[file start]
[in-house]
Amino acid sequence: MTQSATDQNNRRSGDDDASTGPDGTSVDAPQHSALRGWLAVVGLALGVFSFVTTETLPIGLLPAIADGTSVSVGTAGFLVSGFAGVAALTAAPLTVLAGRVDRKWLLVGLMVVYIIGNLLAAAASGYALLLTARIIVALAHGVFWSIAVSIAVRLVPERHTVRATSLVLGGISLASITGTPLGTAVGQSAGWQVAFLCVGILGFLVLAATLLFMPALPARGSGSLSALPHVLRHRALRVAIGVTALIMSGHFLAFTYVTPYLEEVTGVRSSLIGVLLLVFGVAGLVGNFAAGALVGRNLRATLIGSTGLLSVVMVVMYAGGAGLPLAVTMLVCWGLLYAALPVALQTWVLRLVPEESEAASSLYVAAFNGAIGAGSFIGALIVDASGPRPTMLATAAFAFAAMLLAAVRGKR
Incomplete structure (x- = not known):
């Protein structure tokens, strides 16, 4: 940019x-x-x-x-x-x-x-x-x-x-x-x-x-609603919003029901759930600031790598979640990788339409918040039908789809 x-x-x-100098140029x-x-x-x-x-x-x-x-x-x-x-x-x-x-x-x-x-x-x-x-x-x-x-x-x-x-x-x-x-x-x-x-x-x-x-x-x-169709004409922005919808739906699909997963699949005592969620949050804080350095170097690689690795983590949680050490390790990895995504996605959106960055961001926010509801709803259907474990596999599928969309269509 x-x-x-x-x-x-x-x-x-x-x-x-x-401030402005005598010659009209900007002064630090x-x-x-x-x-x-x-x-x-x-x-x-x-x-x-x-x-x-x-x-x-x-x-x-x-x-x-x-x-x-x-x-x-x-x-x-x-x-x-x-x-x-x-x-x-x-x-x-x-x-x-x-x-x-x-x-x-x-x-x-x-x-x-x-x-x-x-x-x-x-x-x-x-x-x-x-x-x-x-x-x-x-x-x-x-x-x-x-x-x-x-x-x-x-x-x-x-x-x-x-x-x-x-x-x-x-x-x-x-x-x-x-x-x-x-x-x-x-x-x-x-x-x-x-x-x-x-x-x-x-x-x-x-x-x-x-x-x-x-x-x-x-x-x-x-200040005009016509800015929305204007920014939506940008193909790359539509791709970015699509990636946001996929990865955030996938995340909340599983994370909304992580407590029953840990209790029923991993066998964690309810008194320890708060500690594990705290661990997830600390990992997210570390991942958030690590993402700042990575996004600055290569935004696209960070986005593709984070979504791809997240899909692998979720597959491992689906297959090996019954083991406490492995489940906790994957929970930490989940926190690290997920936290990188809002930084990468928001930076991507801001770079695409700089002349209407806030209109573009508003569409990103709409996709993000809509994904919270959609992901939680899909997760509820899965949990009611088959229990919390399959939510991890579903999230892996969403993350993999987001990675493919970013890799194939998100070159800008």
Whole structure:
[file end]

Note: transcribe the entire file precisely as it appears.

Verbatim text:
[in-house]
Amino acid sequence: MTQSATDQNNRRSGDDDASTGPDGTSVDAPQHSALRGWLAVVGLALGVFSFVTTETLPIGLLPAIADGTSVSVGTAGFLVSGFAGVAALTAAPLTVLAGRVDRKWLLVGLMVVYIIGNLLAAAASGYALLLTARIIVALAHGVFWSIAVSIAVRLVPERHTVRATSLVLGGISLASITGTPLGTAVGQSAGWQVAFLCVGILGFLVLAATLLFMPALPARGSGSLSALPHVLRHRALRVAIGVTALIMSGHFLAFTYVTPYLEEVTGVRSSLIGVLLLVFGVAGLVGNFAAGALVGRNLRATLIGSTGLLSVVMVVMYAGGAGLPLAVTMLVCWGLLYAALPVALQTWVLRLVPEESEAASSLYVAAFNGAIGAGSFIGALIVDASGPRPTMLATAAFAFAAMLLAAVRGKR
Incomplete structure (x- = not known):
């Protein structure tokens, strides 16, 4: 940019x-x-x-x-x-x-x-x-x-x-x-x-x-609603919003029901759930600031790598979640990788339409918040039908789809 x-x-x-100098140029x-x-x-x-x-x-x-x-x-x-x-x-x-x-x-x-x-x-x-x-x-x-x-x-x-x-x-x-x-x-x-x-x-x-x-x-x-169709004409922005919808739906699909997963699949005592969620949050804080350095170097690689690795983590949680050490390790990895995504996605959106960055961001926010509801709803259907474990596999599928969309269509 x-x-x-x-x-x-x-x-x-x-x-x-x-401030402005005598010659009209900007002064630090x-x-x-x-x-x-x-x-x-x-x-x-x-x-x-x-x-x-x-x-x-x-x-x-x-x-x-x-x-x-x-x-x-x-x-x-x-x-x-x-x-x-x-x-x-x-x-x-x-x-x-x-x-x-x-x-x-x-x-x-x-x-x-x-x-x-x-x-x-x-x-x-x-x-x-x-x-x-x-x-x-x-x-x-x-x-x-x-x-x-x-x-x-x-x-x-x-x-x-x-x-x-x-x-x-x-x-x-x-x-x-x-x-x-x-x-x-x-x-x-x-x-x-x-x-x-x-x-x-x-x-x-x-x-x-x-x-x-x-x-x-x-x-x-x-200040005009016509800015929305204007920014939506940008193909790359539509791709970015699509990636946001996929990865955030996938995340909340599983994370909304992580407590029953840990209790029923991993066998964690309810008194320890708060500690594990705290661990997830600390990992997210570390991942958030690590993402700042990575996004600055290569935004696209960070986005593709984070979504791809997240899909692998979720597959491992689906297959090996019954083991406490492995489940906790994957929970930490989940926190690290997920936290990188809002930084990468928001930076991507801001770079695409700089002349209407806030209109573009508003569409990103709409996709993000809509994904919270959609992901939680899909997760509820899965949990009611088959229990919390399959939510991890579903999230892996969403993350993999987001990675493919970013890799194939998100070159800008």
Whole structure: